Reading Groups and Reconciliation: Kate Grenville’s The Secret River and the Ordinary Reader

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Abstract

Kate Grenville's novel The Secret River was met with considerable acclaim on its publication in 2005. It has also been the subject of intense scrutiny and controversy, becoming a focus of criticism by both historians and literary scholars. This essay avoids adopting a position in relation to these debates, an undertaking we have attempted elsewhere (see Nolan and Clarke). Rather, we elaborate on the findings of a reception study of book clubs that have read and discussed The Secret River. This research is part of a larger project we call 'Fictions of Reconciliation', which examines the reception of recent works of Australian fiction that focuses on Indigenous and non-Indigenous relations. This essay explores how communities of ordinary or 'lay readers' respond to Grenville's novel, and what their responses might tell us about the ways in which historical fiction might or might not be mobilised in understanding contemporary race relations in Australia.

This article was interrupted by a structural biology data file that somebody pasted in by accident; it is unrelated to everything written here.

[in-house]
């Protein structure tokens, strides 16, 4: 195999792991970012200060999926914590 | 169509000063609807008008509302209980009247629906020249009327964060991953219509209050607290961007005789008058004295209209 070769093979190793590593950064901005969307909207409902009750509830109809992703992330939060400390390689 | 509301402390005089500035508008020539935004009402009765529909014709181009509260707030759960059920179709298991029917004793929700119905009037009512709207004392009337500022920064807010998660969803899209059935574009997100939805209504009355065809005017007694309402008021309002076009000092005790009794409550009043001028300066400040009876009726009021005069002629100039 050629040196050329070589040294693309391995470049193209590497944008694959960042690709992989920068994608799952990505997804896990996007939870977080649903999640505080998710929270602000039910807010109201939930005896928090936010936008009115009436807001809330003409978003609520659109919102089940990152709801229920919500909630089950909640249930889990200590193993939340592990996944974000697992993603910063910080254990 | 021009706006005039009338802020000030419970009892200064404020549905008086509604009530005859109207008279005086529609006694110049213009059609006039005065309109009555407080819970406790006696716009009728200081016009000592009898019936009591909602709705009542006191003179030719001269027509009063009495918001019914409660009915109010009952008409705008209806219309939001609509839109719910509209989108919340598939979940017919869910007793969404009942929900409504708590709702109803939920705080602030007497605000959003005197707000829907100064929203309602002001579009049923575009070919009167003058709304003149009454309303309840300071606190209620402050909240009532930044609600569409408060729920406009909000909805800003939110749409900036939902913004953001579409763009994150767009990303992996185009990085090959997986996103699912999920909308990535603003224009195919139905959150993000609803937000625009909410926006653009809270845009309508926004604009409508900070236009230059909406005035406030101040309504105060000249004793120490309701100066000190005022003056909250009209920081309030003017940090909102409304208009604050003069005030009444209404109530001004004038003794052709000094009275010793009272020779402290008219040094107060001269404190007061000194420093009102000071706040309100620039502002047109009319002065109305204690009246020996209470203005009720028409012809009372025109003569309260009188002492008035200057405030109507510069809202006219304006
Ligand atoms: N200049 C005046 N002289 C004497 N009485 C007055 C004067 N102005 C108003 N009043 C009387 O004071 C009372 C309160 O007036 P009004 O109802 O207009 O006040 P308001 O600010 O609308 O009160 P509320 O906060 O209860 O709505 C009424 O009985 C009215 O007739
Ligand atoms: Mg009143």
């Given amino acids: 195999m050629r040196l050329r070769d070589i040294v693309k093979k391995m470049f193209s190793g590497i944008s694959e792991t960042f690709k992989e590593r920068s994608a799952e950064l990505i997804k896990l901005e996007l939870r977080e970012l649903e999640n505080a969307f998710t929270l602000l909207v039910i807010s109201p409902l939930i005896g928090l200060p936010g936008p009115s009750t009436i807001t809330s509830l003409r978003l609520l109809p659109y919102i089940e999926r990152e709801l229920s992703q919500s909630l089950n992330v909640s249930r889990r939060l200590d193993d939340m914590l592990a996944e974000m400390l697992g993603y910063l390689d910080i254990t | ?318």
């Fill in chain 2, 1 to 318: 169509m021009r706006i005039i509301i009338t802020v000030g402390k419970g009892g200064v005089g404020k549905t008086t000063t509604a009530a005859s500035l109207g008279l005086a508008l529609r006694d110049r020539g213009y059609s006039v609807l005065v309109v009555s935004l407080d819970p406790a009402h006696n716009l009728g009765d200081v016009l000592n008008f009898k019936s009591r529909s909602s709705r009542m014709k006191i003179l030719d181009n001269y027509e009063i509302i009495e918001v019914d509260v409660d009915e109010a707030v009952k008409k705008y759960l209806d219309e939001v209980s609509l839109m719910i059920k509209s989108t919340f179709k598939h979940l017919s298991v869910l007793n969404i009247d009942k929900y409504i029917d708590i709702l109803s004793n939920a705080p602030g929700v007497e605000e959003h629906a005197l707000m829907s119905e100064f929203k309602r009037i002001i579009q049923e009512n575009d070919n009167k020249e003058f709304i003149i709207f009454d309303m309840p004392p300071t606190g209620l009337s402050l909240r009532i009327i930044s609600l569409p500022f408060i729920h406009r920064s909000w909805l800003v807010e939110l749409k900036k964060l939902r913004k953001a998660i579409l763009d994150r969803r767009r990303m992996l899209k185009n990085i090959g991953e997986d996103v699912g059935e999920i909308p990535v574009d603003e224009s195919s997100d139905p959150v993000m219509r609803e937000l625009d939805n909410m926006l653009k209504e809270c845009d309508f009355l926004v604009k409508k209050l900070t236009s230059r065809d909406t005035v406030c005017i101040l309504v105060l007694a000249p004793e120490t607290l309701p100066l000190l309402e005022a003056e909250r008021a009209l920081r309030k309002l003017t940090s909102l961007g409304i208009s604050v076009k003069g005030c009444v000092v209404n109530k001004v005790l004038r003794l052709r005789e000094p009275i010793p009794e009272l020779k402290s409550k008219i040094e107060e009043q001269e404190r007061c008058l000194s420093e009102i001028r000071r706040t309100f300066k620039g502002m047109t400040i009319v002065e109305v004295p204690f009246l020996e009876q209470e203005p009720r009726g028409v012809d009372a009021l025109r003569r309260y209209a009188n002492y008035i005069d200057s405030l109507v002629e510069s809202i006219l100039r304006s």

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Published 1 November 2014 in Volume 29 No. 4. Subjects: Aboriginal Australians, Grenville, Kate, Reading.

Cite as: Nolan, Maggie and Robert Clarke. ‘Reading Groups and Reconciliation: Kate Grenville’s The Secret River and the Ordinary Reader.’ Australian Literary Studies, vol. 29, no. 4, 2014, doi: 10.20314/als.589e1e5b02.